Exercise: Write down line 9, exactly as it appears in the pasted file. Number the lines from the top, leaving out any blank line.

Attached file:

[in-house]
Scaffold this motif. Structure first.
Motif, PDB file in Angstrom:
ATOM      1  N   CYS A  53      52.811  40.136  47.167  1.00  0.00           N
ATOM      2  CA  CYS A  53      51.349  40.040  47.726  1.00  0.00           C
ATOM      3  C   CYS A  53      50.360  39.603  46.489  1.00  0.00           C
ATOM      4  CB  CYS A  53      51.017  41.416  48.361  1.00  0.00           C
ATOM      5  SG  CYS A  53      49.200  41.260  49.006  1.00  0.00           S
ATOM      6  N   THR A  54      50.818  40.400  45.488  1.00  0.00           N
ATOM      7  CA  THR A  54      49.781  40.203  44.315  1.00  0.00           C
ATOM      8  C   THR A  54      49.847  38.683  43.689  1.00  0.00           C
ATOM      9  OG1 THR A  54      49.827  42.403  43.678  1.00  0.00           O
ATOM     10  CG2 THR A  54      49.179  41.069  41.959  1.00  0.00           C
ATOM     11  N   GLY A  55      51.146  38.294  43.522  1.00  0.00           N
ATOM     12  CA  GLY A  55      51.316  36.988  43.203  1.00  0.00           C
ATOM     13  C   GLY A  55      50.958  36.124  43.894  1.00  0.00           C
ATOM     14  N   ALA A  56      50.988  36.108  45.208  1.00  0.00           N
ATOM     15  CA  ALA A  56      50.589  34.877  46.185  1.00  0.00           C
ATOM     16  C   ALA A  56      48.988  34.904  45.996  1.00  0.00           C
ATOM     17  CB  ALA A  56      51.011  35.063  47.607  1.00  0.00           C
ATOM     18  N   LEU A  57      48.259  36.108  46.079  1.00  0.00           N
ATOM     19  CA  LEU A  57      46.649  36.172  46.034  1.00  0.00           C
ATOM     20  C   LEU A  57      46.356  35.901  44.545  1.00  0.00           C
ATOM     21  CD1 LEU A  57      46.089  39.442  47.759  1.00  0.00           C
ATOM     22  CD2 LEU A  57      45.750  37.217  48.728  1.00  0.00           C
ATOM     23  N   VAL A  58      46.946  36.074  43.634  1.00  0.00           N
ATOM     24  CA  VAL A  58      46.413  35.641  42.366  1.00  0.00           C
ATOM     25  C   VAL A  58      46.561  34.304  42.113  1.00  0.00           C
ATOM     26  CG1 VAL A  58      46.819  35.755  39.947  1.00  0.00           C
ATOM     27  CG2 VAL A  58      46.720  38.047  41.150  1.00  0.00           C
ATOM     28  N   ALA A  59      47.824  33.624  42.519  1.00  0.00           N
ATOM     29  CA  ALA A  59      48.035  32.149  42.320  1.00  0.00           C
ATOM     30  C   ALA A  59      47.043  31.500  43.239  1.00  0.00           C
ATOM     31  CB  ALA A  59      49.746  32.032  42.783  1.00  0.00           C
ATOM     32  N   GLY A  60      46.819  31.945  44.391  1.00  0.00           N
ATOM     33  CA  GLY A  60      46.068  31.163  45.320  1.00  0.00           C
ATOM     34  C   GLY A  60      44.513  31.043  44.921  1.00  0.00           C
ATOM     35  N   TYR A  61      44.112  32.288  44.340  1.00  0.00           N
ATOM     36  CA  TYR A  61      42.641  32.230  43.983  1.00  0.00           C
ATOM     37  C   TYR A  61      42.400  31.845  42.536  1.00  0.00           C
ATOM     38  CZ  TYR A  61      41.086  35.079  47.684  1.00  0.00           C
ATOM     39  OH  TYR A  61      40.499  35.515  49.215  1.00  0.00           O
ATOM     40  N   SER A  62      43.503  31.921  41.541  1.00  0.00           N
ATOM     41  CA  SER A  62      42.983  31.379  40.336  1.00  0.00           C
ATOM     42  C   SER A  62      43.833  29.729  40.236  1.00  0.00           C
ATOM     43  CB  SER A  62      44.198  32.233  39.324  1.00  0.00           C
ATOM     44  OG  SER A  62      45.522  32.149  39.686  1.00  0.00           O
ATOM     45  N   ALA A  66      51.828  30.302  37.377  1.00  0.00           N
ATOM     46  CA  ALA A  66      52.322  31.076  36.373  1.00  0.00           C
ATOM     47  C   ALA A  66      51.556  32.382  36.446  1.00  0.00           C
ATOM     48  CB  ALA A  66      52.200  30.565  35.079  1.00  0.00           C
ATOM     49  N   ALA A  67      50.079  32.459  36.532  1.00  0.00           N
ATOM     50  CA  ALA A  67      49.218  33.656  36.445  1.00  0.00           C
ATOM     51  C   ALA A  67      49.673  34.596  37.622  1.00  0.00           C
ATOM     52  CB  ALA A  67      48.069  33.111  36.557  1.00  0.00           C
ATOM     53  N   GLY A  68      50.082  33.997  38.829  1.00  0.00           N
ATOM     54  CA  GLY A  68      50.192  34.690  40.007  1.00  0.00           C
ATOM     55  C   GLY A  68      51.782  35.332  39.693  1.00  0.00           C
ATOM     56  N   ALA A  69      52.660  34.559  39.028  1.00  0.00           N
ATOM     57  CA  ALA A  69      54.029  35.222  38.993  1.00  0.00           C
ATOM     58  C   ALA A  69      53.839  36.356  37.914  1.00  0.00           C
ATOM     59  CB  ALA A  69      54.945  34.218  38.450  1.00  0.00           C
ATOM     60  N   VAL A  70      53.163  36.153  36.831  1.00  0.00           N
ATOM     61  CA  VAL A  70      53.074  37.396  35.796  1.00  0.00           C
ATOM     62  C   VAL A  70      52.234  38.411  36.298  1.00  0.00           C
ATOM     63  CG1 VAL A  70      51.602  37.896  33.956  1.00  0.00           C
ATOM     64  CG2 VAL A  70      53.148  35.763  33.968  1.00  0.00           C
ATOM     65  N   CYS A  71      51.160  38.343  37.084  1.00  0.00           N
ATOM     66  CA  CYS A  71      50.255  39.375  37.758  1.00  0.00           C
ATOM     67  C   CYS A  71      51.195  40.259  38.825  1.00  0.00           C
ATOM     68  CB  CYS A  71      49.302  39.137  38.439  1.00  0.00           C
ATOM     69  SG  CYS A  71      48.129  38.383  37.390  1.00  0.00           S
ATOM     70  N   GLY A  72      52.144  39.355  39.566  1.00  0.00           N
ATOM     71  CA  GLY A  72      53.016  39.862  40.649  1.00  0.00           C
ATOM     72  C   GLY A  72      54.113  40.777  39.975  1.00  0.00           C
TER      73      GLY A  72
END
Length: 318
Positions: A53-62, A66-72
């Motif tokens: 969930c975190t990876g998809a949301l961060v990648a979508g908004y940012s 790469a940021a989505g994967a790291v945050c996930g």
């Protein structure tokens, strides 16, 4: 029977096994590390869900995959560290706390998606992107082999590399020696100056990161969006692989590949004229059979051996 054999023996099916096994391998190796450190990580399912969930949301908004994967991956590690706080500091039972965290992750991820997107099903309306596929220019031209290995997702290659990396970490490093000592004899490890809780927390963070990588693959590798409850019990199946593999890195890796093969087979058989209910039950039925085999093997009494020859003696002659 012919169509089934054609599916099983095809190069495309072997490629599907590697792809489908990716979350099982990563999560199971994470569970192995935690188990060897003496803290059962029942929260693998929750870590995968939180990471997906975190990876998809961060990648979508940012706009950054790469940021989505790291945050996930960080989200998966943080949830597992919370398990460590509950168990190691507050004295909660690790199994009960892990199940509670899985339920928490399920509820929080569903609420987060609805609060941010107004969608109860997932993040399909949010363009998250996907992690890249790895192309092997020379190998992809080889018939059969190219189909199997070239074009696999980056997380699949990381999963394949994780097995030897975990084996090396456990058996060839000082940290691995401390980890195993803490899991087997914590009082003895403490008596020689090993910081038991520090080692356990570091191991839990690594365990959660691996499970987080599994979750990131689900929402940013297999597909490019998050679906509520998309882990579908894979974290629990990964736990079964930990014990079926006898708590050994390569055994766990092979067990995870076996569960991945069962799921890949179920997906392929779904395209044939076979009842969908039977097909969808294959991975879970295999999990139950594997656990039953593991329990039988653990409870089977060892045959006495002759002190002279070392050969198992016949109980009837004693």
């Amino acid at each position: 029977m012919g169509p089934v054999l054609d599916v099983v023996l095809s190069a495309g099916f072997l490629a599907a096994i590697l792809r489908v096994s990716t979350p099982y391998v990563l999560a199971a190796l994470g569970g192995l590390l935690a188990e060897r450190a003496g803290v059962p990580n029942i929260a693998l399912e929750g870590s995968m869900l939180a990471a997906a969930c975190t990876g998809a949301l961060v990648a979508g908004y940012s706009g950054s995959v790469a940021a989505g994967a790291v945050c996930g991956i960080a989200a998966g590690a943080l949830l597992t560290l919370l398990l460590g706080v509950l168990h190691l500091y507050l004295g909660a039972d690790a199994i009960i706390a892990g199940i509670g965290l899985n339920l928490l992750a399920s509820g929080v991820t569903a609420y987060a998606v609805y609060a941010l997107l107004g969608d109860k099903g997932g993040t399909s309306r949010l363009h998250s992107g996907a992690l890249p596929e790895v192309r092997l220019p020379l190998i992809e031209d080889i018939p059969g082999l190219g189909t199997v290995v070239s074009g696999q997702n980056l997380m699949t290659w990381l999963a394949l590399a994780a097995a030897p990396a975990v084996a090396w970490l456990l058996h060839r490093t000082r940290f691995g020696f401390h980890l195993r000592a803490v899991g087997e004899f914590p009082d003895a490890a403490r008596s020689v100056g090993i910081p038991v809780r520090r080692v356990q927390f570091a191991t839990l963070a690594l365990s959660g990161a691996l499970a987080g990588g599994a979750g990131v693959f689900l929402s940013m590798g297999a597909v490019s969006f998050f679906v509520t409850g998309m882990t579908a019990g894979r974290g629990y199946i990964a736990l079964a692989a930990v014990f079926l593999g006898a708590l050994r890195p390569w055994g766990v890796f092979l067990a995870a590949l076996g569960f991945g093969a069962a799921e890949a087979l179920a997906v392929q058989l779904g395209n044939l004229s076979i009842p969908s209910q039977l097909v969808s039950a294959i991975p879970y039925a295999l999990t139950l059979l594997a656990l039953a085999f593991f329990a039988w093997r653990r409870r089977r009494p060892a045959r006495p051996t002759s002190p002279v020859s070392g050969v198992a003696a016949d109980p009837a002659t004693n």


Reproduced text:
ATOM      6  N   THR A  54      50.818  40.400  45.488  1.00  0.00           N